As the founding publisher and editor-in-chief, I’ve had the fortune of curating and developing each of our first eight issues. My main role has been to shape the editorial content and visual tone by identifying the featured contributors and working closely with our extraordinary art director, Beth, along with our assistant, Claire, from concept through production. The heart of what I do entails selecting the issue’s theme and brainstorming ideal content; identifying a cover artist and concept; creating a flat plan and pacing the issue’s content; collaborating with artists and writers on original stories, essays, comics, and art; interviewing, transcribing, editing; occasionally contributing stories, writing prompts, and crafts; providing feedback at every stage of the designed layouts; and—the most fun part of all—being awed by the amazing collective work of our super talented contributors and staff. On top of all that, there’s the busy work of managing schedules, paperwork, budgets, sales and marketing, customer service, and so much more that goes into running a small indie mag!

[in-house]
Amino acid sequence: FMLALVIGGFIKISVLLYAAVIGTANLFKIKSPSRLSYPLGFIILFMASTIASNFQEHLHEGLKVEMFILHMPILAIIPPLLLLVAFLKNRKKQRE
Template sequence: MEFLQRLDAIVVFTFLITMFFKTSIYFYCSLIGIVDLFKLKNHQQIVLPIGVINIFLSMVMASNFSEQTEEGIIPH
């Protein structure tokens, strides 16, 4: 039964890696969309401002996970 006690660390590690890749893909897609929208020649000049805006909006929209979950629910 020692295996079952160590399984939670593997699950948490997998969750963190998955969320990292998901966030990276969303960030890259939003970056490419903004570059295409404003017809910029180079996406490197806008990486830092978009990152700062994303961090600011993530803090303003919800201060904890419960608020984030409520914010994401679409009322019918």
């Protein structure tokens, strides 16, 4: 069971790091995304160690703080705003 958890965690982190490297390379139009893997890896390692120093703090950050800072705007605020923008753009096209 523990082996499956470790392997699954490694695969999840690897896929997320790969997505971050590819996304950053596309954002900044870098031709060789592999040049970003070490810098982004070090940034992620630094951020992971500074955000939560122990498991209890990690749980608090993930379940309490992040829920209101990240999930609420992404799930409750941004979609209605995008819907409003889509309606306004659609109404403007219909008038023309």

LTPB: This is a particularly exciting time for the magazine because you are now published by McSweeney’s! Amanda, what can you tell us about your nonprofit publishing house and what you do there?

AU: At McSweeney’s our approach is different than most traditional publishers. As a nonprofit, we’re free to make bold choices about publishing writing and art that we know is important, even if we also know those choices aren’t necessarily the ones that will earn a profit. Support from forward-thinking foundations and donors means we can seek writing that pushes us to see beyond ourselves and artwork that’s eye-opening or offbeat. Since our 1998 founding by author Dave Eggers, McSweeney’s has become well-known for our eclectic book publishing program, our humor website, and our award-winning lit journal, Timothy McSweeney’s Quarterly Concern, whose recent issues have arrived as hardcover books, as short stories printed on party balloons, as a crate full of stories, illustrated to appear as a man’s head, and more. Adding Illustoria to the mix seemed absolutely natural.